Omer Katzir was notified of the hearing date and chose to represent his corporation in the proceedings. He presented evidence and made his argument, but he lost. He should have asked for a continuance, but elected not to do so. In fact, Omer Katzir never informed the OTA that his representative was not available and he did not request a continuance based upon the unavailability of his representative. The OTA ruled that Omer Katzir failed to exercise ordinary caution. His CPA should have advised him to request a continuance. The fact that your representative is unavailable due to illness, constitutes a valid reason for a postponement or a continuance.
I have great respect for the accounting profession. I have given many lectures before CPAs and as group I have found them to be well suited for what they do. Having said this, I feel compelled to also say that CPAs are accountants; they are not attorneys. Most attorneys I know would have advised their client(s) to immediately request a postponement or continuance of the hearing under these circumstances. Unfortunately, there are CPAs who take the position, in administrative hearing practice, that they can effectively represent a client to the same standards as a competent attorney. The Katzir’s case is a clear example of the fallacy of this type of reasoning. CPAs do what CPAs do, and attorneys do what attorneys do.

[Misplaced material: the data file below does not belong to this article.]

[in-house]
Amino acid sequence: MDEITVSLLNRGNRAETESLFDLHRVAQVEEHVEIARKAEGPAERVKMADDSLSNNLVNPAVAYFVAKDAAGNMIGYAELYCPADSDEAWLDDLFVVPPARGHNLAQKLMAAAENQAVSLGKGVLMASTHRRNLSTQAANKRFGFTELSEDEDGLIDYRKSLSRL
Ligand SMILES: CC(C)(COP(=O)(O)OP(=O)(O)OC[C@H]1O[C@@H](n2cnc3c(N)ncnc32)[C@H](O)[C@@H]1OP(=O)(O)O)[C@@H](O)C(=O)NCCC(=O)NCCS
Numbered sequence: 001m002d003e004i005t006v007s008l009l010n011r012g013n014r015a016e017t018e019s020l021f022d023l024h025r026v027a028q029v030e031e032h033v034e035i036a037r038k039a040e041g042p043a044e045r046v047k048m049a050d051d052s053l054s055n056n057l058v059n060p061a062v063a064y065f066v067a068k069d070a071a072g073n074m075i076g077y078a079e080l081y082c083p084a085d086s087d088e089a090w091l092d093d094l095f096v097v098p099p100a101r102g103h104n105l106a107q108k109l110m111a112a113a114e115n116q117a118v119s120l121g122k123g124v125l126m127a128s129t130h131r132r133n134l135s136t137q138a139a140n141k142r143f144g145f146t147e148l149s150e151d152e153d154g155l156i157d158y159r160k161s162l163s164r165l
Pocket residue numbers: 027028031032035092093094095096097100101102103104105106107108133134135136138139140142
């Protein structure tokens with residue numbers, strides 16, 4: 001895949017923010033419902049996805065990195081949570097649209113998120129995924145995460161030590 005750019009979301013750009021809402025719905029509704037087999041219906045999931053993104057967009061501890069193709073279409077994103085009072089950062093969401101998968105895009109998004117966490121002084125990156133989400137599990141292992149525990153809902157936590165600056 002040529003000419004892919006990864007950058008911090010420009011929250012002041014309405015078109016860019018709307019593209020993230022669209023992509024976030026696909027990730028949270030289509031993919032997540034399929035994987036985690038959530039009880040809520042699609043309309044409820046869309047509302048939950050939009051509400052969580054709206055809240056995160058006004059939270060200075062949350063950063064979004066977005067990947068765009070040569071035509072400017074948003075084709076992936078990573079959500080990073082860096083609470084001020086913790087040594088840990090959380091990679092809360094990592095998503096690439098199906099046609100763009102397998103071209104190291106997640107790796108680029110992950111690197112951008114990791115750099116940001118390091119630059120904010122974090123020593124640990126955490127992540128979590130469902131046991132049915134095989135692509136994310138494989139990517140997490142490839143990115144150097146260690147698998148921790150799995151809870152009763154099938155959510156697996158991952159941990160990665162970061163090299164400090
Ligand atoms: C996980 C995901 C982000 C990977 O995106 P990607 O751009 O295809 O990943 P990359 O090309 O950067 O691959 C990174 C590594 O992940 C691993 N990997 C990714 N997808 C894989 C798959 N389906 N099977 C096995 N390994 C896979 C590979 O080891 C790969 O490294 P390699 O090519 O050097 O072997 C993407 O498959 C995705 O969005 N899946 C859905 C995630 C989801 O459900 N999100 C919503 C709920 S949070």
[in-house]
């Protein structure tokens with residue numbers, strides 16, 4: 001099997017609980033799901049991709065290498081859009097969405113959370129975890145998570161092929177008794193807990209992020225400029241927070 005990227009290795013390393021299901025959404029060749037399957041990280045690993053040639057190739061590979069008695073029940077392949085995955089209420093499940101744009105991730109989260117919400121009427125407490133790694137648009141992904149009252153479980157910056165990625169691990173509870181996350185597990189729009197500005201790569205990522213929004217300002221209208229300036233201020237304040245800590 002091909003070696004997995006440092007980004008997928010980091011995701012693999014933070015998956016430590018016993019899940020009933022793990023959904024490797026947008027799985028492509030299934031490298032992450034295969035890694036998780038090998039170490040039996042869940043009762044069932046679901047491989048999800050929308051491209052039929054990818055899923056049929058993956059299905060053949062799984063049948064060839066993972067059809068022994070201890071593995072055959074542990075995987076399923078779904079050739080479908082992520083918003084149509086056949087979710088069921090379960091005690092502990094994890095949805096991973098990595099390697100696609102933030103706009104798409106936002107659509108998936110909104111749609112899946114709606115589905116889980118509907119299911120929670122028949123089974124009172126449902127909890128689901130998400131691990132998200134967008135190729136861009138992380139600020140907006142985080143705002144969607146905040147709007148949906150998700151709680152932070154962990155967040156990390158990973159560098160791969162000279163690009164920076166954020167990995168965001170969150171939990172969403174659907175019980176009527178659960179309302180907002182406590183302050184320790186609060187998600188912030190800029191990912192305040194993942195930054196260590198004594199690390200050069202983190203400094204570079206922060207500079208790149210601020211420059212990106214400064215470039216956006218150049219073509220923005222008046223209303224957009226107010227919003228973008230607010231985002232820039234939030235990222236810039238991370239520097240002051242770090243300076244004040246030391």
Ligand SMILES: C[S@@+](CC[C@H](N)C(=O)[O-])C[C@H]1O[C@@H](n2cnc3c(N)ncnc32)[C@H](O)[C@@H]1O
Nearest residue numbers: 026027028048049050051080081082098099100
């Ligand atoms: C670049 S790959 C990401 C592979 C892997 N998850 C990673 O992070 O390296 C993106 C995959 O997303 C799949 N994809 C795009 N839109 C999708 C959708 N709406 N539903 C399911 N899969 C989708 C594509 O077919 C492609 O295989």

Robert Schriebman has a successful practice in the Rolling Hills Estates area of Los Angeles County serving clients throughout California and the United States. He has successfully dedicated more than 40 years to helping individual taxpayers, business owners, CPAs, Enrolled Agents, and tax attorneys navigate the complicated tax systems of the federal and state governments. Mr. Schriebman is in private practice. He is not affiliated in any way with the EDD and he is not employed by the EDD or any other agency of the State of California.
Robert Schriebman has written the only 2 books ever published dealing with how California Employment Development Department (EDD) operates. See “California Tax Collection Practice and Procedures” and “California Taxation Practice and Procedure,” both published by Commerce Clearing House.
Robert Schriebman has written over 20 books including the major manual used nationally by practitioners and the IRS, “IRS Tax Collection Procedures – A Manual for Practitioners” published by Commerce Clearing House.
Robert Schriebman has written over 20 books including the major manual used nationally by practitioners and the IRS, “IRS Tax Collection Procedures – A Manual for Practitioners” published by Commerce Clearing House in addition to the only 2 books ever published dealing with how California Employment Development Department (EDD) operates. See “California Tax Collection Practice and Procedures” and “California Taxation Practice and Procedure,” both published by Commerce Clearing House.